Rwandans put faith in God and their trust in paratroopers: Robert Block reports from a refugee camp where France's intervention has brought two things - sleep and hope

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The Independent Online
ON ROLLING hills on a windswept tea plantation turned refugee camp near the Rwandan border town of Cyangugu, nearly 8,000 people - all of them members of Rwanda's Tutsi minority - sleep, eat and pray with a new sense of hope.

Some manage to smile, perhaps for the first time since extremist Hutu militias began the slaughter of Tutsis and Hutu moderates on 6 April. For the desperate and frightened people crowded into the Nyarushishi refugee camp the reason for the new optimism is 50 lightly armed French paratroopers, spearhead of France's humanitarian intervention in Rwanda.

'Every day the militia are on those hills,' said Martin K, a 26- year-old former student from Cyangugu, sweeping his finger across the landscape surrounding the camp. 'But when the French came on Thursday, we got our first night of good sleep because the militias disappeared.' He paused a long time before adding: 'If the French leave now, we will be in the shit. We will be killed.'

Still, Tutsi refugees in Nyarushishi find plenty of room for hope. Yesterday the inhabitants of the camp celebrated their first Catholic Mass in almost a month. About 3,000 people sat on the hillside, watched from above by the French soldiers, and listened to the sermon: 'Perhaps you think God does not exist because of all of the killing, but even in worse situations God gives consolation to those who believe in him.'

Tutsis at Nyarushishi, however, are not the only people to take comfort from the French arrival in south-western Rwanda. Nine miles south, in Cyangugu itself, supporters of the Hutu government deemed responsible for inciting the orgy of violence that tore through this country are basking in the joy of the French arrival for completely different reasons. 'The people are very happy because France has been the one nation that has understood the problem of Rwanda,' said Rose Mukanyangezi, 46, who used to run a secretarial office in the capital, Kigali, but who has fled the fighting there for the relative quiet of Cyangugu. As she talked, cars and motorbikes paraded up and down the dusty streets, flying French flags from antennas and handlebars.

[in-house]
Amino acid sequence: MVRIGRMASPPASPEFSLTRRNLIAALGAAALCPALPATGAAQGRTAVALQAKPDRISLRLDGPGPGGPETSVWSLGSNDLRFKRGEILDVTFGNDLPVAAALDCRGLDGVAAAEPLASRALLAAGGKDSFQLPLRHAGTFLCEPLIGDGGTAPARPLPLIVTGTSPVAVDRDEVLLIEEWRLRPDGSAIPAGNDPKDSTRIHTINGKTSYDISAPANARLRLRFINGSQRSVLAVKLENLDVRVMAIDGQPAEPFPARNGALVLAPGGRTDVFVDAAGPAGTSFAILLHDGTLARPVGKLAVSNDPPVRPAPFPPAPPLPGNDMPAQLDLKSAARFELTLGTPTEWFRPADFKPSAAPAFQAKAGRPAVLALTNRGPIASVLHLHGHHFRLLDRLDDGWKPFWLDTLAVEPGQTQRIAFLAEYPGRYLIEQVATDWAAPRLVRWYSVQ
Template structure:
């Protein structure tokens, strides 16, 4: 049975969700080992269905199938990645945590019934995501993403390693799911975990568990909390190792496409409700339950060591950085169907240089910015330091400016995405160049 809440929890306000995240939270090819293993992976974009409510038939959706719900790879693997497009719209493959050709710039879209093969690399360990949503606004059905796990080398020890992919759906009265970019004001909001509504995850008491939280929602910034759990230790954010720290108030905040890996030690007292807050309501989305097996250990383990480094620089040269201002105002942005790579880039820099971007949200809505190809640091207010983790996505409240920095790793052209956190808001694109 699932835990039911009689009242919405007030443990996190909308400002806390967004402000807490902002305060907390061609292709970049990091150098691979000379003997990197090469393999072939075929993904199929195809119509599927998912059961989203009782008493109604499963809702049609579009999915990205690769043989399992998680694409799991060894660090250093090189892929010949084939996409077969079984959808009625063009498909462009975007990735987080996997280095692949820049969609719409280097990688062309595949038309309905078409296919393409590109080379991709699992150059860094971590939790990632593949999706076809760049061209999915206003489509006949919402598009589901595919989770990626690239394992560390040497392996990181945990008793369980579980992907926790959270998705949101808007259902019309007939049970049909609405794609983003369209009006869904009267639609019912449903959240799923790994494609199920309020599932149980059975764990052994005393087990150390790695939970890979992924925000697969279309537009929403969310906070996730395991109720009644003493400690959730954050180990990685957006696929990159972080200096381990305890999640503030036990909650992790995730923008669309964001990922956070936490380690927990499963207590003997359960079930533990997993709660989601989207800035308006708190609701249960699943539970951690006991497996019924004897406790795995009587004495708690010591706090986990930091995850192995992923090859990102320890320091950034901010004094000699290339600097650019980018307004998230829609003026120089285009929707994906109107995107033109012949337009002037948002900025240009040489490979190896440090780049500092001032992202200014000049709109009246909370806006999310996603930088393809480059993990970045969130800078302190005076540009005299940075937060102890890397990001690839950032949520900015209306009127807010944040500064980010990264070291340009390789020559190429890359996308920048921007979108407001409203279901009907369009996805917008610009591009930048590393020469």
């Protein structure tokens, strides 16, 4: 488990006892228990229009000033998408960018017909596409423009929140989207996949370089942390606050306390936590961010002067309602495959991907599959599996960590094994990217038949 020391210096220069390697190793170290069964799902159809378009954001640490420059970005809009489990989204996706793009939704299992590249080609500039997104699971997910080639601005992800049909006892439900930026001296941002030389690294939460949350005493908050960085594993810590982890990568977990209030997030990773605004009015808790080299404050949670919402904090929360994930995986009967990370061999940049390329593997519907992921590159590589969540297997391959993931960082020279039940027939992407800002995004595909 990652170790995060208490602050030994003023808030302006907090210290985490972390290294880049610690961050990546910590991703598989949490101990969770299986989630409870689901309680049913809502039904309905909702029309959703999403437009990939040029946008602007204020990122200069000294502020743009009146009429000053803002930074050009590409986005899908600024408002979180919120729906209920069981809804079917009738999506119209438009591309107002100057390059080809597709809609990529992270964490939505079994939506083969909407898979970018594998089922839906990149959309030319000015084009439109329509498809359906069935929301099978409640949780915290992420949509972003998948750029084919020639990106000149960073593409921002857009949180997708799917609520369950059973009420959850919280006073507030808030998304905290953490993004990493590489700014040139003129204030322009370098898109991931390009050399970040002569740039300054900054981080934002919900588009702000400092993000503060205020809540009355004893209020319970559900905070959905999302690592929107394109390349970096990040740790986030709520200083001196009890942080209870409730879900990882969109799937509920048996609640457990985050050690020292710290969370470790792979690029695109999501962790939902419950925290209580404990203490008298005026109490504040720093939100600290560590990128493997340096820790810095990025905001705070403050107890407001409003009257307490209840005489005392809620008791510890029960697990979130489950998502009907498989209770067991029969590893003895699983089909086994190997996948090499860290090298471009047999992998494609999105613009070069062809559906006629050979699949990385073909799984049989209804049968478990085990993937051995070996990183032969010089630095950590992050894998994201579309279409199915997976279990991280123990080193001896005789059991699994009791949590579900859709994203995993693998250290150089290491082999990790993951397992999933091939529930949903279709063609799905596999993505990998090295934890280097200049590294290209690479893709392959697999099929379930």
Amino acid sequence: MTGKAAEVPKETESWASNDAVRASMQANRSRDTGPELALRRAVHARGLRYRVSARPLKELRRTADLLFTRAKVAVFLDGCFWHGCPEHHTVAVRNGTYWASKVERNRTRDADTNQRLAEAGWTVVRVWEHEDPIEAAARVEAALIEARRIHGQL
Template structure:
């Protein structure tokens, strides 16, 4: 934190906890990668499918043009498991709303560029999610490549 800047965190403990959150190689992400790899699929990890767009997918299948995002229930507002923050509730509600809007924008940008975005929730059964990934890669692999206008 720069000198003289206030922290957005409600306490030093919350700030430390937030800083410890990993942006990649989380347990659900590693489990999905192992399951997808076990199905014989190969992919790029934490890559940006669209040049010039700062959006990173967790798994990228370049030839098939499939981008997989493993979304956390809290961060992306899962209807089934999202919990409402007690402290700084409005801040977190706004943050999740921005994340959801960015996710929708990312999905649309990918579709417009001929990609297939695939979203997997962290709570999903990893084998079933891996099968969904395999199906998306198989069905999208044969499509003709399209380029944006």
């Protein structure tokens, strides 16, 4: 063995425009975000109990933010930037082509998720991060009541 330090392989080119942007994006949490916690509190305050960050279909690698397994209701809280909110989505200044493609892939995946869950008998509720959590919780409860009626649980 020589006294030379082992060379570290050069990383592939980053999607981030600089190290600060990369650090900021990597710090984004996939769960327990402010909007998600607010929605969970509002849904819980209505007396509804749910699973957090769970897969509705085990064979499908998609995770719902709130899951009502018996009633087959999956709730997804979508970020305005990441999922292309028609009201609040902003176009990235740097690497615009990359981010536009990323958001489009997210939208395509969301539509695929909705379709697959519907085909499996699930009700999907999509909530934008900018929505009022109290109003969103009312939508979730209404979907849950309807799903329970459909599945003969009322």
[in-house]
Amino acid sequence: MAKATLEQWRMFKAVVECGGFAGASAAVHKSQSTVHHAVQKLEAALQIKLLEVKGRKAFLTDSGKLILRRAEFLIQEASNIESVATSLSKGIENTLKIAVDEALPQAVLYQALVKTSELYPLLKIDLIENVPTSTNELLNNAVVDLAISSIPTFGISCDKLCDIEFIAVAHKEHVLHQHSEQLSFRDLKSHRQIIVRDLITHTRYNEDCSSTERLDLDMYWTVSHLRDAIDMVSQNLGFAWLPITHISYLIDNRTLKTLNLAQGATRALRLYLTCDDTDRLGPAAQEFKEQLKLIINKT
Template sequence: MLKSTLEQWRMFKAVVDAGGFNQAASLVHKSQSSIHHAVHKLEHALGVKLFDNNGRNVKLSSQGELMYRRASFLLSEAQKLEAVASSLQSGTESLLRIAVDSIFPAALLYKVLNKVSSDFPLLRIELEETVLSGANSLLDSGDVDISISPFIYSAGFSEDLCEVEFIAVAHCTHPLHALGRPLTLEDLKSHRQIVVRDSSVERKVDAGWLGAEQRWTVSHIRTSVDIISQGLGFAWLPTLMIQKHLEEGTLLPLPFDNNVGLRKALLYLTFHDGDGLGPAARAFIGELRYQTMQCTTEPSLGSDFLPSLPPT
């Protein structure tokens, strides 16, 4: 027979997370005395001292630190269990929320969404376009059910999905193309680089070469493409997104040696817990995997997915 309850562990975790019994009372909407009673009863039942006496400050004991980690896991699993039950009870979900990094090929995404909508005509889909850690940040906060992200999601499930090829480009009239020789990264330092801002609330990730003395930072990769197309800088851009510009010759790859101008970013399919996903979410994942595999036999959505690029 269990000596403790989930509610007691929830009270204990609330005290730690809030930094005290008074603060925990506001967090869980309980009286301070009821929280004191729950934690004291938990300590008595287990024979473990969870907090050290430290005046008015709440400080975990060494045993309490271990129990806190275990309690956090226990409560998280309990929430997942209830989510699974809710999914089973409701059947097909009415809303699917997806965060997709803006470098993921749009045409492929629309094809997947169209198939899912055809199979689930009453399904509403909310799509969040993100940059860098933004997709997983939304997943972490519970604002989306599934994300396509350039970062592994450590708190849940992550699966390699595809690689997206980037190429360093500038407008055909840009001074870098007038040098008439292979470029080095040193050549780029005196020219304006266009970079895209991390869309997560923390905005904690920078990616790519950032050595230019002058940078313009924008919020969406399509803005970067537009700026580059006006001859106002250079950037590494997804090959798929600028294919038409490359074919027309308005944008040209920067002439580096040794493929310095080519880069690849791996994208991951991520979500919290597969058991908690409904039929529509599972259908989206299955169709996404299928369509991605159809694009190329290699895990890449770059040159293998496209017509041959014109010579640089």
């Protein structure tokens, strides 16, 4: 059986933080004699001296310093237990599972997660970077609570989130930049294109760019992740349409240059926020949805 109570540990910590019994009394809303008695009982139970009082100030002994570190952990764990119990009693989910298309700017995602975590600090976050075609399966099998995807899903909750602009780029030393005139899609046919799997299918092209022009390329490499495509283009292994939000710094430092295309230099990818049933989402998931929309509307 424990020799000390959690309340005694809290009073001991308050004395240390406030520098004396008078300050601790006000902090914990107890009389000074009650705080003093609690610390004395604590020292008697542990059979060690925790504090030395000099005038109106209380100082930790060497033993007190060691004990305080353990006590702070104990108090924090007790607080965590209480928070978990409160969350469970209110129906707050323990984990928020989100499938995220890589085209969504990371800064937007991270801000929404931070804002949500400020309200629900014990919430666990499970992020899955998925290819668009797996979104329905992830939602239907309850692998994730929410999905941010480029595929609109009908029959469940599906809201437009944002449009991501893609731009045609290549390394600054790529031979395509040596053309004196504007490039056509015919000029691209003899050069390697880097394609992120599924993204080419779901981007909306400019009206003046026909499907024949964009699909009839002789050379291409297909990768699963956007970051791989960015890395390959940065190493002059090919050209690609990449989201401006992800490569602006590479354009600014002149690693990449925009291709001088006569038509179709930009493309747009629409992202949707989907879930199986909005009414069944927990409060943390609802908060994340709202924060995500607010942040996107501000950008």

'Of course we are happy to see the French. They came to save us from the RPF,' said Jean Katenga, a 48-year old weaver from Cyangugu, referring to the mainly Tutsi Rwandan Patriotic Front which resumed its war against the Hutu government after the president, Juvenal Habyarimana, died in a suspicious plane crash on 6 April.

When asked what the Hutu expected of the French, Mr Katenga replied: 'We want the French to push the RPF back to Uganda where they came from.' And if they don't? 'That will be a big problem for us because the RPF will kill us, (but) the people have confidence in the French army to save the people.'

For their part, the French have tried to straddle these opposing expectations - the Tutsis' need for protection from Hutu extremists on one hand, and the Hutus' desire for protection from the RPF on the other - by insisting that they are a completely neutral party whose sole purpose is the humanitarian protection of all refugees. But it will be difficult for the French to avoid being accused of supporting one side or the other.

The RPF leadership, which has toned down its opposition to France's involvement on condition it sticks strictly to the humanitarian mandate, still doubts Paris's motives. The RPF fears France ultimately aims to bolster the Hutu-dominated government.

Already some aid organisations are suspicious of the French because of the presence of Rwandan paramilitary troops at the Nyarushishi camp. Dozens of paramilitaries patrol the area around the camp; the refugees say the soldiers have helped to protect them from murderous incursions by the militias, but they are still an intimidating presence.

Some relief workers see parallels between the French involvement in Rwanda and the UN-backed, but American-led, humanitarian intervention in Somalia in December 1992. The humanitarian goals in Somalia became distorted as the US troops got entangled in Mogadishu's civil war. But the French intervention in Rwanda is not Operation Restore Hope. There are not thousands of troops speeding around in heavily armoured personnel carriers and Humvee jeeps. There are no large-scale efforts to disarm the population. France's Operation Turquoise is a low-key affair, perhaps better named Operation Walk Softly.

Photograph, page 10

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